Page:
Teams qualify for the Minnesota State Championship tournament based on their participation and finishing position in league play, and this year, 36 men’s teams, divisions A, B, C, and D, and 10 women’s teams, divisions A and B, participated.
Spectators were treated to three days of sprawling, sliding bodies and ferocious, high-speed shots that reflect how seriously Minnesota takes the sport. The tournament was a preview to this year’s national tournaments, which will be in Oxford Ohio on March 22-24 for men’s teams, and at the Augsburg Ice Arena in Minneapolis on April 13-14 for women.
“USA Broomball was formed in 1999 and has held 11 out of its 15 National Championships in Minnesota, the hotbed of broomball,” said USA Broomball President Kevin Denesen.
While fiercely competitive, the players are a close-knit group by virtue of playing on various teams and in different leagues throughout the regular season.
“I’ve played broomball for 12 years and played eight years of tournaments, averaging two to three per year,” said T.J. Haliburton, 34, of Champlin, who is a defenseman and manager of a team called “Mel’s Boys,” which lost its third game of the tournament in double overtime. “This is a fun sport and I really enjoy the social aspect.”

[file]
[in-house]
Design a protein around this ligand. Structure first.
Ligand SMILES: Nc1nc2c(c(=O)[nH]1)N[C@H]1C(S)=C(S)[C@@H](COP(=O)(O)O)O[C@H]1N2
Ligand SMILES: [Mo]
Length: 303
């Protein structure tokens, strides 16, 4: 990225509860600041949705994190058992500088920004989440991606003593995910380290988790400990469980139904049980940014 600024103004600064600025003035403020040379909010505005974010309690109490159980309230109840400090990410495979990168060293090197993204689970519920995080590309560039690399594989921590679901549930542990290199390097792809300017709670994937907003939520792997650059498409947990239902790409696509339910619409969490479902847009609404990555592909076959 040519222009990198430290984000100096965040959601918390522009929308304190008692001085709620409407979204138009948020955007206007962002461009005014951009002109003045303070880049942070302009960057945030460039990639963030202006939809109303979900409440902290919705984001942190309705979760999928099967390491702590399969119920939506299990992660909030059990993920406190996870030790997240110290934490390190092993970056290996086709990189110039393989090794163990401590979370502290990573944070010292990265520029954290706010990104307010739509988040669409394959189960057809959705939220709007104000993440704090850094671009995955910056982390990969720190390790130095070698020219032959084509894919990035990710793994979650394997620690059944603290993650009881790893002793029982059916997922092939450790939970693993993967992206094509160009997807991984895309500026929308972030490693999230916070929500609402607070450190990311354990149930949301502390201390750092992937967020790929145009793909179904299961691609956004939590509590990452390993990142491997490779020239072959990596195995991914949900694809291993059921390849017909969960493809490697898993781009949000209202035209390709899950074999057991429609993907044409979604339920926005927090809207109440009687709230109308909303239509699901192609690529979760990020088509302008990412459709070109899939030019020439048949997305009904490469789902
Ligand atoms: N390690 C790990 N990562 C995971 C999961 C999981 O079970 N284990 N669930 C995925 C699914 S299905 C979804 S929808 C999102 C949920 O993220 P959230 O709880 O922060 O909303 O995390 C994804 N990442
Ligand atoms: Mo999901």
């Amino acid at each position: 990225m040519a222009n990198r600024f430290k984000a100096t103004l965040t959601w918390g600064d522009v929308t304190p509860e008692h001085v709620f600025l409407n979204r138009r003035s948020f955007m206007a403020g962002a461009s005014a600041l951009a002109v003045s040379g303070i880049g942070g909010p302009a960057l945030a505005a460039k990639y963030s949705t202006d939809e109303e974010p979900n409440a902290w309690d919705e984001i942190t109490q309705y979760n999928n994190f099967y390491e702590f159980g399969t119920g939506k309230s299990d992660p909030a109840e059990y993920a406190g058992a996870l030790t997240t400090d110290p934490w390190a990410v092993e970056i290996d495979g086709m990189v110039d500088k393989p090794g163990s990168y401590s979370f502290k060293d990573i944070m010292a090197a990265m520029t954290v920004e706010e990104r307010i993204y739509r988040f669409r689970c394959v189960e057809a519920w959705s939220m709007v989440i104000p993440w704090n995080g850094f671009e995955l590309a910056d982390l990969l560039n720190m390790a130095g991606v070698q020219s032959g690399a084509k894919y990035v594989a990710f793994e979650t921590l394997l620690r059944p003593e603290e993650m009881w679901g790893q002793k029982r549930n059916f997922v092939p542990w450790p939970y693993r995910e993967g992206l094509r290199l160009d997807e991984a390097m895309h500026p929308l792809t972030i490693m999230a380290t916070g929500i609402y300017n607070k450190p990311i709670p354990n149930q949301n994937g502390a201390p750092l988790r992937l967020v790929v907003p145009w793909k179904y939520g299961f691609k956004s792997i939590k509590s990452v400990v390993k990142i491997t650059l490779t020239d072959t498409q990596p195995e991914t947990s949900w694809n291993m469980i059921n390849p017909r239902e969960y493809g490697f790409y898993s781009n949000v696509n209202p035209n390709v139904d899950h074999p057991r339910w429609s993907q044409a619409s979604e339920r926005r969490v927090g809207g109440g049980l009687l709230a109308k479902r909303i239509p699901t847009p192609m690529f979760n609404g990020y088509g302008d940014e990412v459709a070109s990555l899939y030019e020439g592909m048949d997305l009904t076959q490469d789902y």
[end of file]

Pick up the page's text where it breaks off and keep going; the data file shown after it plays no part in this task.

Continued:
“The competition is my favorite,” said Renda Baird, 44, of Edina, adding that she was “over the moon relieved [and] proud” that her team, called “Black Ice” won the championship in the Women’s Class A Division. “Lots of women are longing to play a competitive team sport. Broomball is a great one.”
The Minnesota Sports Federation has been providing post-season broomball tournaments since 1982, according to the Minnesota Sports Federation. The game quickly evolved from a backyard sport a few decades earlier, when teams played with real brooms and deflated volleyballs. Today, players use expensive sticks made of titanium or other material and special shoes for traction.
USA Broomball National Tournament Director Dave St. Aubin said the tournament went smoothly, despite it being the first time that all of the men’s and women’s divisions participated in the same building on the same weekend.
The Schwan Super Rink hosted 69 teams for nationals in 2010, an indoor world record, St. Aubin said. The first nationals tournament in 1999 had 19 teams. St. Aubin said he expects the national tournament to be back in Blaine next year, and he expects a big turnout of teams.
But this year’s state champs were celebrating this year’s success rather than looking to next year. “It’s a wonderful feeling to win the championship game for a state title,” said Terry Luukkonen of Duluth, defenseman and manager for “Superior Machine,” which won the state title in the B Division. “The game was a close contest and you go from an anxious, nervous feeling to elation once the buzzer sounds.”